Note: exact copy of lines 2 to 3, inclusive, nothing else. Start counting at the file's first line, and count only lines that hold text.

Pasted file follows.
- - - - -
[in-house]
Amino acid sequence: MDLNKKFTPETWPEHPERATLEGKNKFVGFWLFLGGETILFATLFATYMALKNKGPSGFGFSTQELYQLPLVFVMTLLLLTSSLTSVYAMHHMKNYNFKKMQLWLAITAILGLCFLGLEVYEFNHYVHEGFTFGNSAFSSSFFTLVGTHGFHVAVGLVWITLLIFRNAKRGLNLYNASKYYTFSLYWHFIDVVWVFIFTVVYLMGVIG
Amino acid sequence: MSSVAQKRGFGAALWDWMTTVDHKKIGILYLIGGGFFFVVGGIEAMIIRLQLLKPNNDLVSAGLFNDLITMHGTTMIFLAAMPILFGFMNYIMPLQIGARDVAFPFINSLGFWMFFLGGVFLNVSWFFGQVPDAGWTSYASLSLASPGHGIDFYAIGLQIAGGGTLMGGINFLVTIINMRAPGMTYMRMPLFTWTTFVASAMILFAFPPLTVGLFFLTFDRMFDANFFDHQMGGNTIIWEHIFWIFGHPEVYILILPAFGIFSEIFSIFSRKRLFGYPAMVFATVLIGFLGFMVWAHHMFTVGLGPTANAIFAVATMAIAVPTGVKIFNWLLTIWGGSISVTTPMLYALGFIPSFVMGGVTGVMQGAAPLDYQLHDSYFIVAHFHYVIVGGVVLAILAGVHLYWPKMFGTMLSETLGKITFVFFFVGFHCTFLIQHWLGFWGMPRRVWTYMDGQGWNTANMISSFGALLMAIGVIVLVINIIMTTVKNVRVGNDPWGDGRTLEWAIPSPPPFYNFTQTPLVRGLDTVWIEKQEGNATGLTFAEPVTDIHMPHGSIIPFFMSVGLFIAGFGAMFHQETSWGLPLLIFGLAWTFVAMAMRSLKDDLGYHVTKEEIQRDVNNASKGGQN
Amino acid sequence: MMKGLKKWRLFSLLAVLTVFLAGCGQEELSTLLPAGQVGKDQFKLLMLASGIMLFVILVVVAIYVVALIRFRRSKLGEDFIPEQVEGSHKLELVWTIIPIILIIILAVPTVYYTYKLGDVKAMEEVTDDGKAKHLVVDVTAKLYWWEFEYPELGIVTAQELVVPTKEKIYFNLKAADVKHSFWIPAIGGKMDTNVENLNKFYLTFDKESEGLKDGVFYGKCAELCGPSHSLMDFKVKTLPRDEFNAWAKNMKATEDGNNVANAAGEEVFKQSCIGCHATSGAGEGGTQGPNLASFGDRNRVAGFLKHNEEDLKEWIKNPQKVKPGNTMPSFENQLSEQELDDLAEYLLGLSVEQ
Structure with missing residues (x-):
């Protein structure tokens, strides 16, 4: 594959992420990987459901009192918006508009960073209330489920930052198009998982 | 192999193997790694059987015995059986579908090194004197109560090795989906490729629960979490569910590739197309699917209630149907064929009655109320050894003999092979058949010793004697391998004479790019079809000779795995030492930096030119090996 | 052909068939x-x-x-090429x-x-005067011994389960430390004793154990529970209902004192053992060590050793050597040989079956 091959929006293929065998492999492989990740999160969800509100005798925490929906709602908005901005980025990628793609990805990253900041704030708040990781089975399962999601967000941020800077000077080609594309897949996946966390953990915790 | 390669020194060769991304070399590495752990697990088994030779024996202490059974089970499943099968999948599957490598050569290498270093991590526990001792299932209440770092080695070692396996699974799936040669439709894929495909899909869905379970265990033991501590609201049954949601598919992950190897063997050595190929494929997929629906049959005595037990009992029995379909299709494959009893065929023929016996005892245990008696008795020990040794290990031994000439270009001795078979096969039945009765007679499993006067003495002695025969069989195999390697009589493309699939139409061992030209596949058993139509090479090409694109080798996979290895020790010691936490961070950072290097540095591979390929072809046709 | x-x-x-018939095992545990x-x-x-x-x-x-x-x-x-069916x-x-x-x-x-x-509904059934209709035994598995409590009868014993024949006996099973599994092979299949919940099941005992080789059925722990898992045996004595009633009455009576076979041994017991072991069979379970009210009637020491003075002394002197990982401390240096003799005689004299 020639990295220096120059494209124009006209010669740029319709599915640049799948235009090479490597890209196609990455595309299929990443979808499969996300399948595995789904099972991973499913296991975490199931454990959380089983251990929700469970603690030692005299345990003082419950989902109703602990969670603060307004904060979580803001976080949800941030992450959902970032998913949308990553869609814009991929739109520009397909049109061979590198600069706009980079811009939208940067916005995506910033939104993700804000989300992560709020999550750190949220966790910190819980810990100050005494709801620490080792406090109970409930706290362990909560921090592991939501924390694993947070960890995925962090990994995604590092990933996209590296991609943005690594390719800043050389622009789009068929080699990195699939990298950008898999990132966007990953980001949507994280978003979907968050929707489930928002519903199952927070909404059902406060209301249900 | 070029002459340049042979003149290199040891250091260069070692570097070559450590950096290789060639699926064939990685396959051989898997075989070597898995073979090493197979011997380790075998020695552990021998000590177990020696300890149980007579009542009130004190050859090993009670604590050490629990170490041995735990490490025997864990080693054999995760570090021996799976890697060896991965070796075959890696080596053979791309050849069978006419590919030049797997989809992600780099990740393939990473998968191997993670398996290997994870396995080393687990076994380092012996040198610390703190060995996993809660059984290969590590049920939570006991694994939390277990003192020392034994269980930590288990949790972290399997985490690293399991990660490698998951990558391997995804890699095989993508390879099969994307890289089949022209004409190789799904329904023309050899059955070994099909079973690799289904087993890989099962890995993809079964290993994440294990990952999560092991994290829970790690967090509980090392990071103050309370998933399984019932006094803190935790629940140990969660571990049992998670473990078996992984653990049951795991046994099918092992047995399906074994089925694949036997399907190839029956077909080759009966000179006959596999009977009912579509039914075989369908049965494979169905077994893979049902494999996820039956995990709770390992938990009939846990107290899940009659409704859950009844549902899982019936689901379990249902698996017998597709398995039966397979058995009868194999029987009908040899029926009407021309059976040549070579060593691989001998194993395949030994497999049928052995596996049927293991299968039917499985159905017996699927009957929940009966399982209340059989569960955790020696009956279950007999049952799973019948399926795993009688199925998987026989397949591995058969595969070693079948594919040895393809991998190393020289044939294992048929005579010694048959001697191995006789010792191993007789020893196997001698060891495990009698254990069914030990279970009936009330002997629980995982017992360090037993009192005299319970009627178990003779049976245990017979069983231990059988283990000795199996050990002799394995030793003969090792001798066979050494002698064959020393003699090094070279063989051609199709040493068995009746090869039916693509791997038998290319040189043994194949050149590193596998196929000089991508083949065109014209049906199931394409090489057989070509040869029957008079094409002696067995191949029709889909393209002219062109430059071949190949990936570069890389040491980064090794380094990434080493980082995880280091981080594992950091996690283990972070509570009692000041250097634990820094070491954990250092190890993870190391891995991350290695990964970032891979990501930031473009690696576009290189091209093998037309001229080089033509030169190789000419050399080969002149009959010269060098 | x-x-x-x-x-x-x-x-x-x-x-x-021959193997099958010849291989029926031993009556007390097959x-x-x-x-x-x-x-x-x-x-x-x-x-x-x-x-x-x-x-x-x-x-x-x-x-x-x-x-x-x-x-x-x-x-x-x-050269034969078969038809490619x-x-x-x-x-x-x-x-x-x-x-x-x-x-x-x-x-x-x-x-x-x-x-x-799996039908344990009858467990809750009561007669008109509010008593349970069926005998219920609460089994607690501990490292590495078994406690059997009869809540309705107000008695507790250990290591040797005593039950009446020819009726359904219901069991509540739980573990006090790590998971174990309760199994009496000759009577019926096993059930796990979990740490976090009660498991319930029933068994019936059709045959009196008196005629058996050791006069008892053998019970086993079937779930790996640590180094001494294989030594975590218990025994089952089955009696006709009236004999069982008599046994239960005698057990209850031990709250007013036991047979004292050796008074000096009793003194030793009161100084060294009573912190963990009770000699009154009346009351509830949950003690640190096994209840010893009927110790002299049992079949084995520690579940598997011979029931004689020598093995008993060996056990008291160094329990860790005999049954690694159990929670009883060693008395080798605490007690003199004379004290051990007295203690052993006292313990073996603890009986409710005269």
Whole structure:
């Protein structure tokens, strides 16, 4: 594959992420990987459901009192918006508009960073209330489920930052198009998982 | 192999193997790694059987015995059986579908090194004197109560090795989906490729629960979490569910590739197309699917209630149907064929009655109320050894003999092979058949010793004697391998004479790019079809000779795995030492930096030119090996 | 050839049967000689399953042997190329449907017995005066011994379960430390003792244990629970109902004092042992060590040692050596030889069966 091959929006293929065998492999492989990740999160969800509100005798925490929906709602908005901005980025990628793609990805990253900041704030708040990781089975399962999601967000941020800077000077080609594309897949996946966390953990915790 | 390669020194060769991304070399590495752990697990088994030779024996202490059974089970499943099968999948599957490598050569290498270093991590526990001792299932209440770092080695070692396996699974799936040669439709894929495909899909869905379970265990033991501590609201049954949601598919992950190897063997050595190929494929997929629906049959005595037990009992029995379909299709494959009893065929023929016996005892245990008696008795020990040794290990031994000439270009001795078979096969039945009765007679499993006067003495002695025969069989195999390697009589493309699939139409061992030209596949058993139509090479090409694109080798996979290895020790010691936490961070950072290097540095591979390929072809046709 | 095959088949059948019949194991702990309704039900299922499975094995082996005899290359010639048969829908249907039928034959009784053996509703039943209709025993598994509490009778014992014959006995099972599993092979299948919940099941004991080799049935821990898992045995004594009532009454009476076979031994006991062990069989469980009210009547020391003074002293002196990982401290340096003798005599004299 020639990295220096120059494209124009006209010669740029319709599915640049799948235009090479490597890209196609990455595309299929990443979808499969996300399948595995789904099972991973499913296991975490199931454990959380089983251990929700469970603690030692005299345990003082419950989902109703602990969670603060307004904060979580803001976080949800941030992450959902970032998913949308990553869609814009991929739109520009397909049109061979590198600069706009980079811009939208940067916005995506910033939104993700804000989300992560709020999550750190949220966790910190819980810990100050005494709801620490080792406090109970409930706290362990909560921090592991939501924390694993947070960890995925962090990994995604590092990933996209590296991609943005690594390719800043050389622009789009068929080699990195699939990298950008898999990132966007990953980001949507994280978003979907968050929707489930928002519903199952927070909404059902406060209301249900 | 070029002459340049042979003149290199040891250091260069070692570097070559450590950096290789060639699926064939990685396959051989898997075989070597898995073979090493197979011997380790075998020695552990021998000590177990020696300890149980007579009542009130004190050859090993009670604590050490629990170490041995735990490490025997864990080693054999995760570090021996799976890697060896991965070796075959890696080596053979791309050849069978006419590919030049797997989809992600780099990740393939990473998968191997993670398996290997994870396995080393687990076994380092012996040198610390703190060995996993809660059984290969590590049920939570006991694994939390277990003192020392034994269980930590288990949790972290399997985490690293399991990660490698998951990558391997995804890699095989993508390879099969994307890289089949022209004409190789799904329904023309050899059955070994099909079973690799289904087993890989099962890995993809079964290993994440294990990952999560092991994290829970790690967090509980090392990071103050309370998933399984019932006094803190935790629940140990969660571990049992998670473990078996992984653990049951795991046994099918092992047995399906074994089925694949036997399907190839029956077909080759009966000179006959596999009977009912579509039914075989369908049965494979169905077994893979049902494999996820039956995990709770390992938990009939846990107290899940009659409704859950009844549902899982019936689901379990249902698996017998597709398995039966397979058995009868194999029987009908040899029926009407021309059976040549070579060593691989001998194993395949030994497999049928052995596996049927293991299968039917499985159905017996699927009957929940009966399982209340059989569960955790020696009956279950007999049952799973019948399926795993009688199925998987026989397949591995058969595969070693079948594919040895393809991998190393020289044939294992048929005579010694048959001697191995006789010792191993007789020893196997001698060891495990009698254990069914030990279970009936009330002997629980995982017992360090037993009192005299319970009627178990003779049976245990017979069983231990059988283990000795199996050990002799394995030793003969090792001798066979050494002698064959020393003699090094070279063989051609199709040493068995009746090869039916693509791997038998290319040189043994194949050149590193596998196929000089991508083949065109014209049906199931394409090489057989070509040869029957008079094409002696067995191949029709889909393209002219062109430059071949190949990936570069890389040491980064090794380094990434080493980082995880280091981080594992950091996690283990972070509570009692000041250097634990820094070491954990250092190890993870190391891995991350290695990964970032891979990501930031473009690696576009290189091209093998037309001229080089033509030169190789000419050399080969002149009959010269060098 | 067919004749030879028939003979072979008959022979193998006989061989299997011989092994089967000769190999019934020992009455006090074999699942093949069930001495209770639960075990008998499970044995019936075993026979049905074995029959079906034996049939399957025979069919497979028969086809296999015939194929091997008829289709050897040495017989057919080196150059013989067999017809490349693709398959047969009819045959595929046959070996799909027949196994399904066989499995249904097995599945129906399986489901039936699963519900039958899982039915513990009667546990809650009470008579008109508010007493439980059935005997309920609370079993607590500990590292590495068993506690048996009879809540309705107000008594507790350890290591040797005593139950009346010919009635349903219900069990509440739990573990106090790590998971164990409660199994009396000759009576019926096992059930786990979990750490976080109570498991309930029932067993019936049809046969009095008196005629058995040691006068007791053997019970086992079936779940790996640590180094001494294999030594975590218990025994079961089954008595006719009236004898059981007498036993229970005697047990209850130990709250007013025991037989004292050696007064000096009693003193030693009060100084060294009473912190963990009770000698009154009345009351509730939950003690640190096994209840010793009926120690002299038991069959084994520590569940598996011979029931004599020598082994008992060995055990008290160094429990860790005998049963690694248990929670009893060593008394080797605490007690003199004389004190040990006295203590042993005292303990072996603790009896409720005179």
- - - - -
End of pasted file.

Amino acid sequence: MDLNKKFTPETWPEHPERATLEGKNKFVGFWLFLGGETILFATLFATYMALKNKGPSGFGFSTQELYQLPLVFVMTLLLLTSSLTSVYAMHHMKNYNFKKMQLWLAITAILGLCFLGLEVYEFNHYVHEGFTFGNSAFSSSFFTLVGTHGFHVAVGLVWITLLIFRNAKRGLNLYNASKYYTFSLYWHFIDVVWVFIFTVVYLMGVIG
Amino acid sequence: MSSVAQKRGFGAALWDWMTTVDHKKIGILYLIGGGFFFVVGGIEAMIIRLQLLKPNNDLVSAGLFNDLITMHGTTMIFLAAMPILFGFMNYIMPLQIGARDVAFPFINSLGFWMFFLGGVFLNVSWFFGQVPDAGWTSYASLSLASPGHGIDFYAIGLQIAGGGTLMGGINFLVTIINMRAPGMTYMRMPLFTWTTFVASAMILFAFPPLTVGLFFLTFDRMFDANFFDHQMGGNTIIWEHIFWIFGHPEVYILILPAFGIFSEIFSIFSRKRLFGYPAMVFATVLIGFLGFMVWAHHMFTVGLGPTANAIFAVATMAIAVPTGVKIFNWLLTIWGGSISVTTPMLYALGFIPSFVMGGVTGVMQGAAPLDYQLHDSYFIVAHFHYVIVGGVVLAILAGVHLYWPKMFGTMLSETLGKITFVFFFVGFHCTFLIQHWLGFWGMPRRVWTYMDGQGWNTANMISSFGALLMAIGVIVLVINIIMTTVKNVRVGNDPWGDGRTLEWAIPSPPPFYNFTQTPLVRGLDTVWIEKQEGNATGLTFAEPVTDIHMPHGSIIPFFMSVGLFIAGFGAMFHQETSWGLPLLIFGLAWTFVAMAMRSLKDDLGYHVTKEEIQRDVNNASKGGQN